The current development has been the subject of a number of planning approvals granted between 2017 and 2019. The refurbishment, partial demolition, conversion and rebuilding of houses in the Welsh Streets was the subject of a series of four planning applications that were granted permission by the City Council in 2017 and 2018 (planning refs. 17H/0818, 17H/1812, 18F/0012 &18F/2803). A further permission was granted in 2019 which covers the erection of 52 new dwellings on land at Wynnstay Street, Voelas Street, Rhiwlas Street and South Street (planning ref. 19F/0112).
Assessment of design qualities and relationship to historic environment
The developer, Placefirst, along with Plus Dane Housing and the City Council have been working towards regenerating the Welsh Streets through an extensive programme of refurbishing the existing terraced housing stock where possible. The new-build element consists of 52 new dwellings which re-instate the original terraced form on land where the former dwellings had been demolished. Two thirds of the land was formerly designated as a neighbourhood park, located to the rear of derelict dwellings that had been in a very poor condition in excess of ten years. However this land did not provide a safe or attractive amenity.
There are two main elements to the design – one which entails the use of a contemporary twist on the terraced form using a ‘saw tooth’ approach where the existing terraces are to be continued, or infilled, and the other using a much more contemporary approach to the development facing South Street.
The designs were altered during the course of the application to ensure that eaves and window heights line through with the original terraces. Although somewhat controversial, the use of the ‘saw tooth’ roof form was considered by the City’s planning officer to be appropriate. The facing materials pick up on the colour and type of the original terraces. The proposed new dwellings therefore re-emphasise the terraced character of the Welsh Streets area.
The design of the end-of-terrace units that front onto South Street was amended in the course of negotiations with City planners. The result has been revised house types that include pitched roofs and fewer flat-roofed elements. The use of a modern contemporary approach on these end units signals the end of the terraces with a more dynamic form that creates visual interest and helps to re-animate South Street.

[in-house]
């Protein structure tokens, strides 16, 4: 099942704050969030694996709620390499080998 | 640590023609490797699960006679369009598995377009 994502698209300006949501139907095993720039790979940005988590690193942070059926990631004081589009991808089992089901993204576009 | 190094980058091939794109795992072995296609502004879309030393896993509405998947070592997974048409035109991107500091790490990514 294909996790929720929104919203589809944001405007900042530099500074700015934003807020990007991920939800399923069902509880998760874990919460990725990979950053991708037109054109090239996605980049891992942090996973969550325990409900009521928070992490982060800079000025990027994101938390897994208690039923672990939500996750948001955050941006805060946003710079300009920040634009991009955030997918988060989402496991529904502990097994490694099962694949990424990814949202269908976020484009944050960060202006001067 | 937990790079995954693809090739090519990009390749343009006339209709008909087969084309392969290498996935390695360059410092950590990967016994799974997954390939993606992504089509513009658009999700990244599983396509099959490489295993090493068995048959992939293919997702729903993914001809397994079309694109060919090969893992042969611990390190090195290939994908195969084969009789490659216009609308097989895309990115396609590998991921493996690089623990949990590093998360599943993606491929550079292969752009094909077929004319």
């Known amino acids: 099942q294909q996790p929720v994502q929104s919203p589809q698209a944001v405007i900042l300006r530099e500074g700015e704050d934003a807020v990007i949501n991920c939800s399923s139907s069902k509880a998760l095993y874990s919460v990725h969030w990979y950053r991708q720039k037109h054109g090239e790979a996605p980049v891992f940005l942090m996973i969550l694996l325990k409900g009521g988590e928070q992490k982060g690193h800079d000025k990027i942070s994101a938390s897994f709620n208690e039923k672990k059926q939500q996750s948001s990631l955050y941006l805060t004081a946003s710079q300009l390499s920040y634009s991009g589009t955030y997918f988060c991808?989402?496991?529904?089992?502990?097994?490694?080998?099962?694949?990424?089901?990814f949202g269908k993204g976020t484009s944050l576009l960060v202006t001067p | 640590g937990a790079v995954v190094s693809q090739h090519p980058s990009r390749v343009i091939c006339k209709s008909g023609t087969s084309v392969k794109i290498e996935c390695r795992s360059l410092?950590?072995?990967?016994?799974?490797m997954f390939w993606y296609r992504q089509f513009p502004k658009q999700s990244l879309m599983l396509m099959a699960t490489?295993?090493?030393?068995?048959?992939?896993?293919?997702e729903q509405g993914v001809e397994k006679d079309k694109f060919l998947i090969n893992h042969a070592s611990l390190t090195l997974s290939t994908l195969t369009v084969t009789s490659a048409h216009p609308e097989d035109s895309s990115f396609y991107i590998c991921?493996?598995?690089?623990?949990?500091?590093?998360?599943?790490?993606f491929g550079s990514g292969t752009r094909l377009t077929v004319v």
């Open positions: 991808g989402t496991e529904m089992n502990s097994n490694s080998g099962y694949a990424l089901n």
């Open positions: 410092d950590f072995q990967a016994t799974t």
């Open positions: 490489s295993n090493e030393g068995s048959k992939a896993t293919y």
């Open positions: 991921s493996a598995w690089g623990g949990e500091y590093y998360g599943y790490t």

The City Council played a crucial role in transferring the empty and derelict houses to a residential private rental company – Placefirst – for a nominal sum which ensured that the scheme was made viable. Local opinion, which had been divided during the protracted planning battle over the area’s future, is now fully supportive of the development; this is attracting former residents to return and has been recognised as one of the ‘coolest’ areas to live in the city and where a new ‘Welsh Streets’ community, which the area was historically renowned for, is starting to once again re-establish itself.
The re-configuration of the original houses, including the removal of rear extensions and provision of communal spaces at the rear of the terraces, encourages community and creates space for family living. Negotiations with the City planners led to design changes which improved the relationship of the new housing to surrounding streets.
The scheme provides a blueprint for developers and local authorities whereby the typical outdated ‘two up two down’ terrace houses have been reconfigured to deliver a more varied mix of two, three and four-bedroomed homes, more suited to modern-day family living and market demand. The result is attractive homes that have retained their historic nature characterised by attractive brickwork detailing, large window openings, and high floor-to-ceiling heights, and an array of homes that are also larger than the MHCLG’s current space standards for housing which are applied by the majority of volume housebuilders.
Views of the Welsh Streets, Liverpool 8
Please click on the gallery images to enlarge.